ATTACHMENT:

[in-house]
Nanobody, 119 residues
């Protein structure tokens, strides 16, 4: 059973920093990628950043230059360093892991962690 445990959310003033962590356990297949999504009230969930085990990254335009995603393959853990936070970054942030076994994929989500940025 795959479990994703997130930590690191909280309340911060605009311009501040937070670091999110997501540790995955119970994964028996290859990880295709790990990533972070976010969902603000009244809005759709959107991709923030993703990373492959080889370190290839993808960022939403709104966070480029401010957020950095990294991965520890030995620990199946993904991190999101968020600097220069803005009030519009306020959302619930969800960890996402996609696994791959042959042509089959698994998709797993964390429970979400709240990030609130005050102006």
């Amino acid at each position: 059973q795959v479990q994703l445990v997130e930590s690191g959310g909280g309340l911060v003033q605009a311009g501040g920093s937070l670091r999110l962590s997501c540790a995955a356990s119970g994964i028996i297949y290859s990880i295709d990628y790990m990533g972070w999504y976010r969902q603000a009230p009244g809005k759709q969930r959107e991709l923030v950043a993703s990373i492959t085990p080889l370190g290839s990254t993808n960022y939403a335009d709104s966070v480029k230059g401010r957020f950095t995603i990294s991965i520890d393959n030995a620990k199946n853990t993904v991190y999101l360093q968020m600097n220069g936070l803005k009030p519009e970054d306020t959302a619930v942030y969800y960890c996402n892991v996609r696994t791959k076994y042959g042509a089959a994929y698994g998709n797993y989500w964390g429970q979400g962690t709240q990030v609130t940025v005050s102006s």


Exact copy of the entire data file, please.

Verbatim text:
[in-house]
Nanobody, 119 residues
């Protein structure tokens, strides 16, 4: 059973920093990628950043230059360093892991962690 445990959310003033962590356990297949999504009230969930085990990254335009995603393959853990936070970054942030076994994929989500940025 795959479990994703997130930590690191909280309340911060605009311009501040937070670091999110997501540790995955119970994964028996290859990880295709790990990533972070976010969902603000009244809005759709959107991709923030993703990373492959080889370190290839993808960022939403709104966070480029401010957020950095990294991965520890030995620990199946993904991190999101968020600097220069803005009030519009306020959302619930969800960890996402996609696994791959042959042509089959698994998709797993964390429970979400709240990030609130005050102006």
């Amino acid at each position: 059973q795959v479990q994703l445990v997130e930590s690191g959310g909280g309340l911060v003033q605009a311009g501040g920093s937070l670091r999110l962590s997501c540790a995955a356990s119970g994964i028996i297949y290859s990880i295709d990628y790990m990533g972070w999504y976010r969902q603000a009230p009244g809005k759709q969930r959107e991709l923030v950043a993703s990373i492959t085990p080889l370190g290839s990254t993808n960022y939403a335009d709104s966070v480029k230059g401010r957020f950095t995603i990294s991965i520890d393959n030995a620990k199946n853990t993904v991190y999101l360093q968020m600097n220069g936070l803005k009030p519009e970054d306020t959302a619930v942030y969800y960890c996402n892991v996609r696994t791959k076994y042959g042509a089959a994929y698994g998709n797993y989500w964390g429970q979400g962690t709240q990030v609130t940025v005050s102006s």